Here is a complete list of the scientists profiled in version 4 of Youth Climate Report which screened at COP19 in Warsaw, Poland:
Interview Subject: Dr. Richard Peltier:
Titles: Director of the Centre for Global Change Science / PI of the Polar
Climate Stability Network / Scientific Director of SciNet
Discussion: Geophysical fluid dynamics, Physics of the planetary interior,
Planetary climate and consequences for climate change in the future.
Interview Subject: Dr. Kimberly Strong:
Titles: Professor of PhysicsCountry: Canada
Discussion: Polar Environment Atmospheric Research Laboratory (PEARL),
stratospheric ozone depletion, implications of tropospheric pollution for
the biosphere, and tracking the source of airborne pollutants.
Interview Subject: Dr. John Smol:
Titles: Professor in the Department of Biology and a Canada Research Chair
in Environmental Change.
Discussion: Environmental degradation and recovery in lake systems,
Paleolimnological approaches to lake acidification and eutrophication,
Limnology and environmental change of Arctic lakes, and implications for the
Interview Subject: Dr. Gordon McBean:
Titles: Professor and Research Chair, The Institute for Catastrophic Loss
Reduction and Departments of Geography & Political Science
Discussion: Extreme weather events, flooding, melting land ice, predicting
and preparing for environmental catastrophes, international climate change
politics, and efforts to adapt and mitigate.
Interview Subject: Dr. Slobodan Simonovic:
Titles: Professor and Research Chairin the Department of Civil and
Environmental Engineering, Institute for Catastrophic Loss Reduction.
Discussion: Systems modeling, risk and reliability, water resources and
environmental systems analysis, water resources and flood control.
Interview Subject: Dr. Jason Gerhard:
Titles: Canada Research Chair in Geoenvironmental Restoration Engineering,
Associate Professor in Civil and Environmental Engineering, Research
Director of the Geotechnical Research Centre.
Discussion: Subsurface contamination scenarios and remediation techniques,
risks involved in flooding, reinventing the toilet, and combustion-based
Interview Subject: Dr. Radoslov Dimintrov:
Titles: Associate Professor in Political Science, European Union Delegate to
the UN Climate Change Negotiations.
Discussion: The politics of climate change, breaking down COP negotiations
and notable highlights over the years, the responsibility of policy makers,
and the reality of information sharing world wide.
Interview Subject: Dr. Jennifer Lynes:
Titles: Associate Professor / Director of the Environment and Business
program at the School of Environment, Enterprise and Development (SEED), and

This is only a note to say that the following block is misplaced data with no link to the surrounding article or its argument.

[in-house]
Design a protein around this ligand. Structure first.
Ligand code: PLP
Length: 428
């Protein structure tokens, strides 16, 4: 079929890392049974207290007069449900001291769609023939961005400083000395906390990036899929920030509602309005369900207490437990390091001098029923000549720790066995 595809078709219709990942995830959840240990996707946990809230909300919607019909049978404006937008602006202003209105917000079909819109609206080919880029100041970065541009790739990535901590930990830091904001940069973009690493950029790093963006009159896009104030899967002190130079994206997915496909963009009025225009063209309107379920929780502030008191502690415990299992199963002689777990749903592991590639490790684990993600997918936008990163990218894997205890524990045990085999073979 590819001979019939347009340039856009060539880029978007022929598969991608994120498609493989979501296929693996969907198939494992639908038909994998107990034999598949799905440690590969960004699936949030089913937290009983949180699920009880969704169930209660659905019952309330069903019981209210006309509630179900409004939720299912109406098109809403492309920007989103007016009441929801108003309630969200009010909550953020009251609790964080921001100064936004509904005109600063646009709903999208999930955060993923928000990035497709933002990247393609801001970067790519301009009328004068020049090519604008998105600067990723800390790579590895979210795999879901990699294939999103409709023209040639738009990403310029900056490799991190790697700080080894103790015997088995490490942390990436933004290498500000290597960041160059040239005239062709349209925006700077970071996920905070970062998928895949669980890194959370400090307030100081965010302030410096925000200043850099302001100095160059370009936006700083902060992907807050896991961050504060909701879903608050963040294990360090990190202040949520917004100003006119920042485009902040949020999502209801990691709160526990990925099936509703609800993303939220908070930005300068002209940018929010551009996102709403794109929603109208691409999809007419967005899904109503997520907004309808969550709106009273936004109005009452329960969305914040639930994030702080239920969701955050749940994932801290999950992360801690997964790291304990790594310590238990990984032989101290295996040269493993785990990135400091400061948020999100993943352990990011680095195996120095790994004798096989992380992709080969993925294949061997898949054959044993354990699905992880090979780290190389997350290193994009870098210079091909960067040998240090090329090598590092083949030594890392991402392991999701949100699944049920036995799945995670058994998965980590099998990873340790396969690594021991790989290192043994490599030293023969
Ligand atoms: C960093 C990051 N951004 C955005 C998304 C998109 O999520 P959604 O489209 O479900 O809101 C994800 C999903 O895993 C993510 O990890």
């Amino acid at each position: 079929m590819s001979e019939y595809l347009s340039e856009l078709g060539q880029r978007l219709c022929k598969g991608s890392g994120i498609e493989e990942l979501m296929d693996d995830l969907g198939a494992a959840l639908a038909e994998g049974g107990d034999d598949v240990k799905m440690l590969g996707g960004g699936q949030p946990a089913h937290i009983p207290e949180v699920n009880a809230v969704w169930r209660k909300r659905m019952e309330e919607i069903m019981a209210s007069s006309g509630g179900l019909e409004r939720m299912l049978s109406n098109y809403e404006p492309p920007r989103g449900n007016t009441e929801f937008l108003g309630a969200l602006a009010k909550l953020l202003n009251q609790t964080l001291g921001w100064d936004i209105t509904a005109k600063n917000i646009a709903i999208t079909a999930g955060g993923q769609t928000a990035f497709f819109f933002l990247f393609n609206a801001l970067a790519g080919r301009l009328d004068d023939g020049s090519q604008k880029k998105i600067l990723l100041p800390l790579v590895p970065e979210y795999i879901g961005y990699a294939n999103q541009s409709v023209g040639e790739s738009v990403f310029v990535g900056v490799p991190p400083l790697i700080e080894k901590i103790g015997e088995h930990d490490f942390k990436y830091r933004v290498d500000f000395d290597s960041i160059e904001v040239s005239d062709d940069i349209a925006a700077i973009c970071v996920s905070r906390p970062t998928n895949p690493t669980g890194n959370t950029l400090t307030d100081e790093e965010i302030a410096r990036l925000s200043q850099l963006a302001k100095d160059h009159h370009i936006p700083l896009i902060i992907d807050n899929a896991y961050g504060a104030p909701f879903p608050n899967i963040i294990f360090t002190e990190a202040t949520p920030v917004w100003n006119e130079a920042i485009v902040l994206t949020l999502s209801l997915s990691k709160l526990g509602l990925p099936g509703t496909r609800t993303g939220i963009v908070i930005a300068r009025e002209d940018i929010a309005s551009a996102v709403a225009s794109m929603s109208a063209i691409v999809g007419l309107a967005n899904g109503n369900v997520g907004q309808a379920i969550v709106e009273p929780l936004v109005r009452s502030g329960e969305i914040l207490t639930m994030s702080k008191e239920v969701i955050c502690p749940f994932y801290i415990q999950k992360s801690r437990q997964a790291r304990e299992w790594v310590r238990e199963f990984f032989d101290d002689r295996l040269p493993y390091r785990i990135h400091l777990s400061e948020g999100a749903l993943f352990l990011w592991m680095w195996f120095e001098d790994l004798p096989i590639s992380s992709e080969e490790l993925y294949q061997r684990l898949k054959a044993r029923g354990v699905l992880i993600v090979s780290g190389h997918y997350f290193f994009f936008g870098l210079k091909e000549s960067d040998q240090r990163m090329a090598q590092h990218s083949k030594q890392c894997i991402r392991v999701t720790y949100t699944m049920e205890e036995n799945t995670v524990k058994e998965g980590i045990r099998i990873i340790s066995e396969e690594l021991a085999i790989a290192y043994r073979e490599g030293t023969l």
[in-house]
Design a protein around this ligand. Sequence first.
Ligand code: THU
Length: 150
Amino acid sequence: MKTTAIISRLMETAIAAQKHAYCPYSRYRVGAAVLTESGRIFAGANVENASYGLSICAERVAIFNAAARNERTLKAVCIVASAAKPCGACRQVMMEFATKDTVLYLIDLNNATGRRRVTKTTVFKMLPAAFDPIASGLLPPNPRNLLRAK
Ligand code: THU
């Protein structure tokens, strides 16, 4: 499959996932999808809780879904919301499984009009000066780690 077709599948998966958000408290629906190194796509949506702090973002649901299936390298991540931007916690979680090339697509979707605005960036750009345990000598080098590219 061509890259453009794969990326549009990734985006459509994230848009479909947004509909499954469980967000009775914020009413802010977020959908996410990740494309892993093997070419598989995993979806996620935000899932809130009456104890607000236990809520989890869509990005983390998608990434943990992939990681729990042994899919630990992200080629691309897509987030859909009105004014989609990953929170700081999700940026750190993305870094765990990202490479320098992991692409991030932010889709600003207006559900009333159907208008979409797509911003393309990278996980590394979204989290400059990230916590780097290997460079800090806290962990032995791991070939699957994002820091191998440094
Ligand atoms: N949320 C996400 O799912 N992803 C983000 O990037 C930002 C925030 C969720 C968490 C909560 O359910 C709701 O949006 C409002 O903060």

Chair of REEP Green Solutions.
Discussion: Social marketing, sustainable marketing, corporate social and
environmental responsibility, and green improvements in the airline
Interview Subject: Dr. Rich Petrone:
Titles: Associate Professor of Environmental Sciences, Director, Cold
Regions Research Centre.
Discussion: Soil, vegetation, and atmosphere interactions influenced by
hydrologic and climatic conditions, the importance of forests in Carbon
neutralization, and the dangers of water transport from natural ground
Interview Subject: Dr. Johanna Wandel:
Titles: Assistant Professor, Department of Geography and Environmental
Discussion: High impact climate change adaptation research, critical
relationship between humans and the environment, and vulnerability and
adaptation assessments in relation to climate change.
Interview Subject: Dr. Manuel Riemer:
Titles: Associate Professor in Psychology, Director of the Laurier Centre for Community Research, Learning & Action.
Discussion: Community-based change for the promotion of environmentally sustainable behaviours, networks and collaboration, change within complex social systems, implementation and sustainability of social programs, and mixed methods.
The United Nations Framework Convention on Climate Change:
In 1992, the United Nations Framework Convention on Climate Change (UNFCCC) was adopted as the basis for a global response to the problem. With 192 Parties, the Convention enjoys near-universal membership.
The ultimate objective of the Convention is to stabilise greenhouse gas concentrations in the atmosphere at a level that will prevent dangerous human interference with the climate system. The Convention is complemented by the 1997 Kyoto Protocol, which has 184 Parties.
Under this treaty, 37 industrialised countries and the European Community have committed to reducing their emissions by an average of five per cent by 2012 against 1990 levels. Industrialized countries must first and foremost take domestic action against climate change. But the Protocol also allows them to meet their emission reduction commitments abroad through so-called “market-based mechanisms”.
For example, one of the Protocol’s market-based mechanisms, the clean development mechanism (CDM), permits industrialized countries to earn emission credits through investment in sustainable development projects that reduce emissions in developing countries.
The UNFCCC and its Kyoto Protocol are also designed to assist countries in adapting to the inevitable effects of climate change. They facilitate the development of techniques that can help increase resilience to climate change impacts – for example, the development of salt-resistant crops – and to exchange best practices with regard to adaptation.
For more information, you may also wish to refer to the Fact sheets on The Kyoto Protocol, and the United Nations Climate Change Conference (COP/CMP).
United Nations: http://unfccc.int/2860.php